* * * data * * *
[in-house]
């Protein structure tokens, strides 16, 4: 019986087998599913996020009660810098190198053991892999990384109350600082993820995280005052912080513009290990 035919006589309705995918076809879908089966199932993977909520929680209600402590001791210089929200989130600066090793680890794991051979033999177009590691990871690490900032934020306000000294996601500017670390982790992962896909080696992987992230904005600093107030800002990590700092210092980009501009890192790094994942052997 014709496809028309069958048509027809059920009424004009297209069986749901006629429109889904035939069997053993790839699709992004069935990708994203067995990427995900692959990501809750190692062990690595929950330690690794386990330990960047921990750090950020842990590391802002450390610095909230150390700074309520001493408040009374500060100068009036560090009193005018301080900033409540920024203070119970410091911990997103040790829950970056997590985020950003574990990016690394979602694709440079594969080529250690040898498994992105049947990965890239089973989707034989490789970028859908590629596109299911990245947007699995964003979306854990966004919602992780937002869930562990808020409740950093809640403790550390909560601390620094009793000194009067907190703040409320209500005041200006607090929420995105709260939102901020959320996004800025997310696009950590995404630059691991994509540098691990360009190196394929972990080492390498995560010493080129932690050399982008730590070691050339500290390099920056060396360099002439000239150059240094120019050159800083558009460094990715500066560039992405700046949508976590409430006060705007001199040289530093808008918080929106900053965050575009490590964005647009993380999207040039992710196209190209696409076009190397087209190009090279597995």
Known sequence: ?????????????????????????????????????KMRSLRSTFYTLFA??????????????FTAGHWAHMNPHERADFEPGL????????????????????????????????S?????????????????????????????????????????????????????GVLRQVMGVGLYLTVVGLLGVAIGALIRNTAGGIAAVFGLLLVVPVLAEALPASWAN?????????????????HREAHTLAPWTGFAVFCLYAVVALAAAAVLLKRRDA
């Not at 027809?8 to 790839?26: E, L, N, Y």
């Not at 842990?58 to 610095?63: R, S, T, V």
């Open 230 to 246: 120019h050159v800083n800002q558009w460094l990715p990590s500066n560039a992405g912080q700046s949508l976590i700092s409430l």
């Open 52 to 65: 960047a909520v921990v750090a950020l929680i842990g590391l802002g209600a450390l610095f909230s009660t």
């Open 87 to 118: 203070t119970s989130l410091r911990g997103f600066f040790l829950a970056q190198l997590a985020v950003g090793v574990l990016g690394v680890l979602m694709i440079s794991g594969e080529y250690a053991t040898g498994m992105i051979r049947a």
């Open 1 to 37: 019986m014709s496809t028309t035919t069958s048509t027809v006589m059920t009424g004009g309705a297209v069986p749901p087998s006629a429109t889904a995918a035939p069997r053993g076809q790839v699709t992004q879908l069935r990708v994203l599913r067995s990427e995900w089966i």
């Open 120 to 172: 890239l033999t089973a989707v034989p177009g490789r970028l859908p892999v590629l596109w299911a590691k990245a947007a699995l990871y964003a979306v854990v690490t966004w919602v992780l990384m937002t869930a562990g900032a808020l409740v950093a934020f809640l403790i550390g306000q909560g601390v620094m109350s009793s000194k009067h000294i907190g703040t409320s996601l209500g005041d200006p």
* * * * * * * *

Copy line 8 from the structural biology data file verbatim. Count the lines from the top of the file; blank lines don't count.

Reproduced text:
């Open 87 to 118: 203070t119970s989130l410091r911990g997103f600066f040790l829950a970056q190198l997590a985020v950003g090793v574990l990016g690394v680890l979602m694709i440079s794991g594969e080529y250690a053991t040898g498994m992105i051979r049947a």